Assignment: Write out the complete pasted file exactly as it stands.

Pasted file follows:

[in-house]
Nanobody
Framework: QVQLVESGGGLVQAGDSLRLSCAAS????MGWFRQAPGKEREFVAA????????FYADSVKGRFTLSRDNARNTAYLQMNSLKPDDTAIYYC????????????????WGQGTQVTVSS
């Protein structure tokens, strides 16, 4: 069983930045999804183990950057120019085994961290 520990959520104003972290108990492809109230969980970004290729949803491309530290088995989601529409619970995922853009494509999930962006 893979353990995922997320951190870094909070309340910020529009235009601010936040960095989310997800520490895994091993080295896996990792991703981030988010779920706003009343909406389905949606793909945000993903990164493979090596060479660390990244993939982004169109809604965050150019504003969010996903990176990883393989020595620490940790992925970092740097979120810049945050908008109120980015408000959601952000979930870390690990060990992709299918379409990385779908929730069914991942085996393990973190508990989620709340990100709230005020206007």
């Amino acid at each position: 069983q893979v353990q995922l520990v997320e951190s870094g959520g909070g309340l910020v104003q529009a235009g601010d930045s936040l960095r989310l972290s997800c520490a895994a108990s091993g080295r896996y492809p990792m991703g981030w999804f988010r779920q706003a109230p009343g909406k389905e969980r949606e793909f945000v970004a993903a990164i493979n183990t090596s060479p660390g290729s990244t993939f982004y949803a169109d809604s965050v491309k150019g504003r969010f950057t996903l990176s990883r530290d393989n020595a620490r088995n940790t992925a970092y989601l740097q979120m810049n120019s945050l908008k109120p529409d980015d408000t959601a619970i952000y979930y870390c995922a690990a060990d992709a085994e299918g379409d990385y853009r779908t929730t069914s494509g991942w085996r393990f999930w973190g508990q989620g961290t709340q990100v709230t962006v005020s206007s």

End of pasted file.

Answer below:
[in-house]
Nanobody
Framework: QVQLVESGGGLVQAGDSLRLSCAAS????MGWFRQAPGKEREFVAA????????FYADSVKGRFTLSRDNARNTAYLQMNSLKPDDTAIYYC????????????????WGQGTQVTVSS
């Protein structure tokens, strides 16, 4: 069983930045999804183990950057120019085994961290 520990959520104003972290108990492809109230969980970004290729949803491309530290088995989601529409619970995922853009494509999930962006 893979353990995922997320951190870094909070309340910020529009235009601010936040960095989310997800520490895994091993080295896996990792991703981030988010779920706003009343909406389905949606793909945000993903990164493979090596060479660390990244993939982004169109809604965050150019504003969010996903990176990883393989020595620490940790992925970092740097979120810049945050908008109120980015408000959601952000979930870390690990060990992709299918379409990385779908929730069914991942085996393990973190508990989620709340990100709230005020206007």
């Amino acid at each position: 069983q893979v353990q995922l520990v997320e951190s870094g959520g909070g309340l910020v104003q529009a235009g601010d930045s936040l960095r989310l972290s997800c520490a895994a108990s091993g080295r896996y492809p990792m991703g981030w999804f988010r779920q706003a109230p009343g909406k389905e969980r949606e793909f945000v970004a993903a990164i493979n183990t090596s060479p660390g290729s990244t993939f982004y949803a169109d809604s965050v491309k150019g504003r969010f950057t996903l990176s990883r530290d393989n020595a620490r088995n940790t992925a970092y989601l740097q979120m810049n120019s945050l908008k109120p529409d980015d408000t959601a619970i952000y979930y870390c995922a690990a060990d992709a085994e299918g379409d990385y853009r779908t929730t069914s494509g991942w085996r393990f999930w973190g508990q989620g961290t709340q990100v709230t962006v005020s206007s």